From Encyclopedia of World Trade From Ancient Times to the Present Trade both within and across the Sahara has existed since prehistoric times, when the Sahara was considerably less dry, to the present.
From The Hutchinson Unabridged Encyclopedia with Atlas and Weather guide Legendary Christian prince. From the 14th to the 16th century, he was generally believed to be the king of Abyssinia (now Ethiopia) in northeast Africa.
From Encyclopedia of African History Osei Tutu, ruler of Asante from 1701 to 1717, stands out as one of the most important figures in Asante history. He finalized the long task of nation building initiated by Twum and Antwi, the first two Asante rulers.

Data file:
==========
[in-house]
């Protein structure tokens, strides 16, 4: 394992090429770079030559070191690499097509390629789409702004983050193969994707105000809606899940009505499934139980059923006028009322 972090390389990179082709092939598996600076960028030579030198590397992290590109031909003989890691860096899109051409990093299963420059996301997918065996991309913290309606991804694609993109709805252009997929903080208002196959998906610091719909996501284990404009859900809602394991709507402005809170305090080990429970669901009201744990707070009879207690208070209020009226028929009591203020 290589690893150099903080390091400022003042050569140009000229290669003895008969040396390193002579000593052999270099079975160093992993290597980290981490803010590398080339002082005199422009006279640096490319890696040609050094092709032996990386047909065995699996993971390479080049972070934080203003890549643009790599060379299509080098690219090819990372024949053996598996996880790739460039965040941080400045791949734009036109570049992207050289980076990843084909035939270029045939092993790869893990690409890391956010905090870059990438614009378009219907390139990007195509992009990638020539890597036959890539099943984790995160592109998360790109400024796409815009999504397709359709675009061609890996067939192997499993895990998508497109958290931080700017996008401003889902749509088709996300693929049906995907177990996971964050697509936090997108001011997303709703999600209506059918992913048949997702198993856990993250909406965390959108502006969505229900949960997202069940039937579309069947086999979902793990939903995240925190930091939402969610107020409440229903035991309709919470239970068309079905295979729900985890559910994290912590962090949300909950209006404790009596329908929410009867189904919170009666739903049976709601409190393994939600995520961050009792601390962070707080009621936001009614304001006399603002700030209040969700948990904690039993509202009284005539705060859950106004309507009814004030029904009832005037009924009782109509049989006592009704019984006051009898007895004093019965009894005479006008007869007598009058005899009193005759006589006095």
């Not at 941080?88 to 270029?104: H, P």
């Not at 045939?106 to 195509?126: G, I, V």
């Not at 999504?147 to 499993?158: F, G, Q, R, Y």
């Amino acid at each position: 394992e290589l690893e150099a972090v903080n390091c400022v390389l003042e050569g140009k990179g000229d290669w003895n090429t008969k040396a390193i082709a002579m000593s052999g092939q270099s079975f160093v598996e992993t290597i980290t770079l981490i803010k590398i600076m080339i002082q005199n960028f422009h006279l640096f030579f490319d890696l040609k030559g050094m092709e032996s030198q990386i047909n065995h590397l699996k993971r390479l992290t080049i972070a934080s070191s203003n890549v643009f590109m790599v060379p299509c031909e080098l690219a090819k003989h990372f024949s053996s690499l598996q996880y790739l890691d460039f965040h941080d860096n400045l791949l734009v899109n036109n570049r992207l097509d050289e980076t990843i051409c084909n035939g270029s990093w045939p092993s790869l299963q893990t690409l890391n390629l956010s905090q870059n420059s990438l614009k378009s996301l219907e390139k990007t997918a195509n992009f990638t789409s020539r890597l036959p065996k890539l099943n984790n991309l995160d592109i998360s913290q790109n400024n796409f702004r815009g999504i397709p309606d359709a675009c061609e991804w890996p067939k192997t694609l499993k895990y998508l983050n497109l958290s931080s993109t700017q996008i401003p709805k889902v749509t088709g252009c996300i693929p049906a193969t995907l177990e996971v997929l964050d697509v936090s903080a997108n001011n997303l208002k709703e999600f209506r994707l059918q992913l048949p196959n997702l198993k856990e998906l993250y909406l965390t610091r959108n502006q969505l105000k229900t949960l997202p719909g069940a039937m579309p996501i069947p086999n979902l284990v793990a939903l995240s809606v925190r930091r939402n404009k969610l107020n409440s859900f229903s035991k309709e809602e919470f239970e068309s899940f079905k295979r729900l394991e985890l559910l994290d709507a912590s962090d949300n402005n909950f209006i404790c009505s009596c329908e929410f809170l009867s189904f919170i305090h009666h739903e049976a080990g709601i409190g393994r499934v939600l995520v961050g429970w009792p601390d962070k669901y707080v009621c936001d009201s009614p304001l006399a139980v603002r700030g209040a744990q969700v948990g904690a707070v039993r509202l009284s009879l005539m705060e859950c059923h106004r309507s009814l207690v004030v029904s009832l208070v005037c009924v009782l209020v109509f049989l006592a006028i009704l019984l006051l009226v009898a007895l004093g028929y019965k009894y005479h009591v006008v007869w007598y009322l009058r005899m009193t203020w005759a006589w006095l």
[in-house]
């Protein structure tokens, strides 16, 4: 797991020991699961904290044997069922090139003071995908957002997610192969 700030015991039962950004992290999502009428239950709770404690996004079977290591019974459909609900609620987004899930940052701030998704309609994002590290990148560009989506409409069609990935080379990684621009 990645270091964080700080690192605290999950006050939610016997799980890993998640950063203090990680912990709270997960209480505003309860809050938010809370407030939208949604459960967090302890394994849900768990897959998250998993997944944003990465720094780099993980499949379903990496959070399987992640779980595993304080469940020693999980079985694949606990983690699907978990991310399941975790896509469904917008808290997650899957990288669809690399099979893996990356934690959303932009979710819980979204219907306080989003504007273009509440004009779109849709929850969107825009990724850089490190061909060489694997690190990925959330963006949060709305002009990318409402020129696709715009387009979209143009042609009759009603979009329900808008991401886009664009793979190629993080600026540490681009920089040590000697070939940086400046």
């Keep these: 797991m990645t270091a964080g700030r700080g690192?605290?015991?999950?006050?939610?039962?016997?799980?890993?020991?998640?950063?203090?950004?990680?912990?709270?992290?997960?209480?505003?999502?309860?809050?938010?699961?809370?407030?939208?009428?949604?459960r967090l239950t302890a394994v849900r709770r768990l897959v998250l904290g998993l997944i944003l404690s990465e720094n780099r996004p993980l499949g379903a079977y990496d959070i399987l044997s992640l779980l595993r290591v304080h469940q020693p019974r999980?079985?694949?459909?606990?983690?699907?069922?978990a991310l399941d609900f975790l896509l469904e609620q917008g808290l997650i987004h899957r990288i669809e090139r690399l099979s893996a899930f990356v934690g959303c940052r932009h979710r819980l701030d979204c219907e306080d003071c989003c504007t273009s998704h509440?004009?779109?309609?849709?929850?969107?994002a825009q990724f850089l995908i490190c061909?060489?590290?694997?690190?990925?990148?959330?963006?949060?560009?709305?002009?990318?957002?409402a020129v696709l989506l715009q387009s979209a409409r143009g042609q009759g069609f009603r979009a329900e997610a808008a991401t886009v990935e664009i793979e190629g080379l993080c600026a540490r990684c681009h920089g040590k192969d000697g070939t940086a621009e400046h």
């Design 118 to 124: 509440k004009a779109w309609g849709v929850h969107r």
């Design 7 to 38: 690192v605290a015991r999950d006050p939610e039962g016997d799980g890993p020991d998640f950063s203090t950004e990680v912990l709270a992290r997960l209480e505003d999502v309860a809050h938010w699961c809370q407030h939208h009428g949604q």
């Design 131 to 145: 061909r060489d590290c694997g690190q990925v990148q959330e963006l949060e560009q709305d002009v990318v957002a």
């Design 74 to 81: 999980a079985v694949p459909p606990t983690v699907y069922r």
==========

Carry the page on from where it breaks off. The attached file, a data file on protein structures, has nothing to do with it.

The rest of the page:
From Greenwood Encyclopedia of International Relations Although most nomadic Fulbe remained animist, more and more were converted to Islam by marabouts in the sixteenth and seventeenth centuries. This later conversion endowed them with a religious fervor that had long since subsided among older and more settled Muslim peoples.
The origins of Timbuktu are obscure. According to local tradition and an indigenous chronicle written in the seventeenth century, the Tarikh es Soudan, the city was founded in approximately 1100 as a seasonal nomad camp.
From Encyclopedia of African History One of the outstanding figures of medieval Muslim culture, ‘Abd al-Rahman Ibn Muhammad Ibn Khaldun was an incisive witness to the political fragmentation and warfare that followed the late-thirteenth-century collapse of the Almohad Empire in North Africa.
From An African Biographical Dictionary St. Lalibela was an Ethiopian monarch and church builder. The penultimate king of the Zagwe dynasty, he was the most renowned, especially for the 11 rock-hewn churches built in his capital.